David Cameron does not know the price of a 'value' loaf of bread – neither do 68% of voters.
On Tuesday Prime Minister David Cameron was accused of being out of touch when he could not correctly answer an interviewer’s question about what the price of a ‘value’ loaf of bread is. The Prime Minister estimated that it would cost ‘well north of a pound’, but explained that he didn’t know very well because he preferred to use a bread maker. The radio presenter interviewing Cameron said the real price was 47p.
Far from being alone in his ignorance, Cameron is actually joined by 68% of the British public: in a new survey only a third (32%) were able to guess that the cost of a ‘value loaf of white bread’ is between 41p and 60p. A larger group, comprising 34% of the public, guessed that the number was somewhere over 80p. 8% guess it costs less than 40p, and 12% admit they don’t know.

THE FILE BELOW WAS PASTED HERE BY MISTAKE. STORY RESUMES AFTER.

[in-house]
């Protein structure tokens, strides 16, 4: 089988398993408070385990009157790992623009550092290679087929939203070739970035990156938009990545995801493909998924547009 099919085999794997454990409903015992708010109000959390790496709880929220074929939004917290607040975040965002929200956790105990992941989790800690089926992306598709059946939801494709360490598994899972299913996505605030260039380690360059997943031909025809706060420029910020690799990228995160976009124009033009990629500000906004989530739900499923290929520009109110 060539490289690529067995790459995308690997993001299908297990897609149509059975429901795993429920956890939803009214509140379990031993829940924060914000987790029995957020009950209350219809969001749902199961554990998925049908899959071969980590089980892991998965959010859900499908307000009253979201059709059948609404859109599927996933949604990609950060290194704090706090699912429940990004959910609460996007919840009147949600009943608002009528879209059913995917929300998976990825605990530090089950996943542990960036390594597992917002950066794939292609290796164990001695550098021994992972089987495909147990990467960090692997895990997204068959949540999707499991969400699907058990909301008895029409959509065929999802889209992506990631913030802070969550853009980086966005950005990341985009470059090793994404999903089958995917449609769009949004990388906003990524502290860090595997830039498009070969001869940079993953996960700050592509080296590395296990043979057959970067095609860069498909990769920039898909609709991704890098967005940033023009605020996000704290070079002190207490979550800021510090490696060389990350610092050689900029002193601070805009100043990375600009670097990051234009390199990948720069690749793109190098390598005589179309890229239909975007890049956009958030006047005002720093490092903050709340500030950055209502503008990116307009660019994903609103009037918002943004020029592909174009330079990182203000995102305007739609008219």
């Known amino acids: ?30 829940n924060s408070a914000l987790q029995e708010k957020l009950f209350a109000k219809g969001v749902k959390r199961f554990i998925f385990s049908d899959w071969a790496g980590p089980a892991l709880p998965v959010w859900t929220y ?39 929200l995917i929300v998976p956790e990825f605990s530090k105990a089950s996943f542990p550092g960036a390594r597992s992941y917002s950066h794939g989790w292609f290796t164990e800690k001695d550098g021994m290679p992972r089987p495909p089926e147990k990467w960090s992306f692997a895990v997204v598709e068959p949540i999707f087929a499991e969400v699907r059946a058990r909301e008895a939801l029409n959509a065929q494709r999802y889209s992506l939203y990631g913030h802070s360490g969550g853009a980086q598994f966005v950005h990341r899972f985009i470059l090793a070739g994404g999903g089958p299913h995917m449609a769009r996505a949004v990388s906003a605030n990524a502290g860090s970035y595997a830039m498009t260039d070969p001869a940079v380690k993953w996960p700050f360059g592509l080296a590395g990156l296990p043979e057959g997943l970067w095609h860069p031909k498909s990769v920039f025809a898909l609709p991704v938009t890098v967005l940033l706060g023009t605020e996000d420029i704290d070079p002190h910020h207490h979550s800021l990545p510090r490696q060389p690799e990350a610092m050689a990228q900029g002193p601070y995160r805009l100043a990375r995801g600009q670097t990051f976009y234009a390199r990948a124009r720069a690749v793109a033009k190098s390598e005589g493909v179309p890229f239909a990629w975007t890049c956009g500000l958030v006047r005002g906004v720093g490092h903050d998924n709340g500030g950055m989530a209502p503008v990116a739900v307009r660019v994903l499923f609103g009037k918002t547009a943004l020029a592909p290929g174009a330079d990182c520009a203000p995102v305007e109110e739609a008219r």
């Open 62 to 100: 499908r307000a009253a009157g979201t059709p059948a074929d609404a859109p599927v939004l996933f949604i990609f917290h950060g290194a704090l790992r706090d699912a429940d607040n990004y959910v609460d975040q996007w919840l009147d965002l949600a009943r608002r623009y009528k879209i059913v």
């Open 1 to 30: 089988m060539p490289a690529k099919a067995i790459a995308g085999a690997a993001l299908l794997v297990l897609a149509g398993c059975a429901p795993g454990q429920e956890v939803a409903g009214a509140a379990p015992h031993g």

The average estimate was 67p.
Though the wide range of estimates suggests Foreign Secretary William Hague may have been onto something when he said that questions about the cost of common supermarket items, a decades-old measure for how 'in touch' policians are with their voters, may be out of date.
He told BBC Radio 4: 'It's a bit of a 1960s question. After all, what is the price of a loaf of bread these days? There are many different prices depending on what you want.'